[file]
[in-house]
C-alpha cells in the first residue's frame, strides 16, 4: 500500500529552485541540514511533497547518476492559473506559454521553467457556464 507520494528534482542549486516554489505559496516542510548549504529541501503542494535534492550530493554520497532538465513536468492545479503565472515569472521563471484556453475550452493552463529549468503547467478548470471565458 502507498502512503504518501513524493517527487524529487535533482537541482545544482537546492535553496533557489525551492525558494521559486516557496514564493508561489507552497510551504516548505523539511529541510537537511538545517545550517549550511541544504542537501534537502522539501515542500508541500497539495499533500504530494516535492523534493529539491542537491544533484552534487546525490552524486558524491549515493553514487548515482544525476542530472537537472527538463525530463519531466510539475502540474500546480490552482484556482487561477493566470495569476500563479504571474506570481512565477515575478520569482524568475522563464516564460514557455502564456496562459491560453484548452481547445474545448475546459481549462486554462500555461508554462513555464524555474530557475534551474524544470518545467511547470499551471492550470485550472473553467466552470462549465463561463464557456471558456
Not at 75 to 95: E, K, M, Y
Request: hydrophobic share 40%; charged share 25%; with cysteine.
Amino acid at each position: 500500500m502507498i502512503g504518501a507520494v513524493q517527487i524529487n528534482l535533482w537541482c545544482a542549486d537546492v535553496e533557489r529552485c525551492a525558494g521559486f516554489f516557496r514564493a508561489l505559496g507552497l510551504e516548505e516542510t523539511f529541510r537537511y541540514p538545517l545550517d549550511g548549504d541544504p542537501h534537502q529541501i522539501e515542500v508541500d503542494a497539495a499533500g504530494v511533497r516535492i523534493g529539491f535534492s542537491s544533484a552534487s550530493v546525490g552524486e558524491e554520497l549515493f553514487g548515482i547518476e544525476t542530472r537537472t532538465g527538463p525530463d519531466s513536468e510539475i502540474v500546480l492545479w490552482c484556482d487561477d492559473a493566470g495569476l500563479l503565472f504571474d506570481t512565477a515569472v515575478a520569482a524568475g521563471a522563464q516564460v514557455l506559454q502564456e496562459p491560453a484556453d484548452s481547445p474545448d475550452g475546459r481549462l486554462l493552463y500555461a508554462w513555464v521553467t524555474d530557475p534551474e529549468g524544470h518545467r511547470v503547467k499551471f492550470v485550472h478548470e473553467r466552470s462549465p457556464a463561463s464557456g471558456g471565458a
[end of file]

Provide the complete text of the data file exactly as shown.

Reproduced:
[in-house]
C-alpha cells in the first residue's frame, strides 16, 4: 500500500529552485541540514511533497547518476492559473506559454521553467457556464 507520494528534482542549486516554489505559496516542510548549504529541501503542494535534492550530493554520497532538465513536468492545479503565472515569472521563471484556453475550452493552463529549468503547467478548470471565458 502507498502512503504518501513524493517527487524529487535533482537541482545544482537546492535553496533557489525551492525558494521559486516557496514564493508561489507552497510551504516548505523539511529541510537537511538545517545550517549550511541544504542537501534537502522539501515542500508541500497539495499533500504530494516535492523534493529539491542537491544533484552534487546525490552524486558524491549515493553514487548515482544525476542530472537537472527538463525530463519531466510539475502540474500546480490552482484556482487561477493566470495569476500563479504571474506570481512565477515575478520569482524568475522563464516564460514557455502564456496562459491560453484548452481547445474545448475546459481549462486554462500555461508554462513555464524555474530557475534551474524544470518545467511547470499551471492550470485550472473553467466552470462549465463561463464557456471558456
Not at 75 to 95: E, K, M, Y
Request: hydrophobic share 40%; charged share 25%; with cysteine.
Amino acid at each position: 500500500m502507498i502512503g504518501a507520494v513524493q517527487i524529487n528534482l535533482w537541482c545544482a542549486d537546492v535553496e533557489r529552485c525551492a525558494g521559486f516554489f516557496r514564493a508561489l505559496g507552497l510551504e516548505e516542510t523539511f529541510r537537511y541540514p538545517l545550517d549550511g548549504d541544504p542537501h534537502q529541501i522539501e515542500v508541500d503542494a497539495a499533500g504530494v511533497r516535492i523534493g529539491f535534492s542537491s544533484a552534487s550530493v546525490g552524486e558524491e554520497l549515493f553514487g548515482i547518476e544525476t542530472r537537472t532538465g527538463p525530463d519531466s513536468e510539475i502540474v500546480l492545479w490552482c484556482d487561477d492559473a493566470g495569476l500563479l503565472f504571474d506570481t512565477a515569472v515575478a520569482a524568475g521563471a522563464q516564460v514557455l506559454q502564456e496562459p491560453a484556453d484548452s481547445p474545448d475550452g475546459r481549462l486554462l493552463y500555461a508554462w513555464v521553467t524555474d530557475p534551474e529549468g524544470h518545467r511547470v503547467k499551471f492550470v485550472h478548470e473553467r466552470s462549465p457556464a463561463s464557456g471558456g471565458a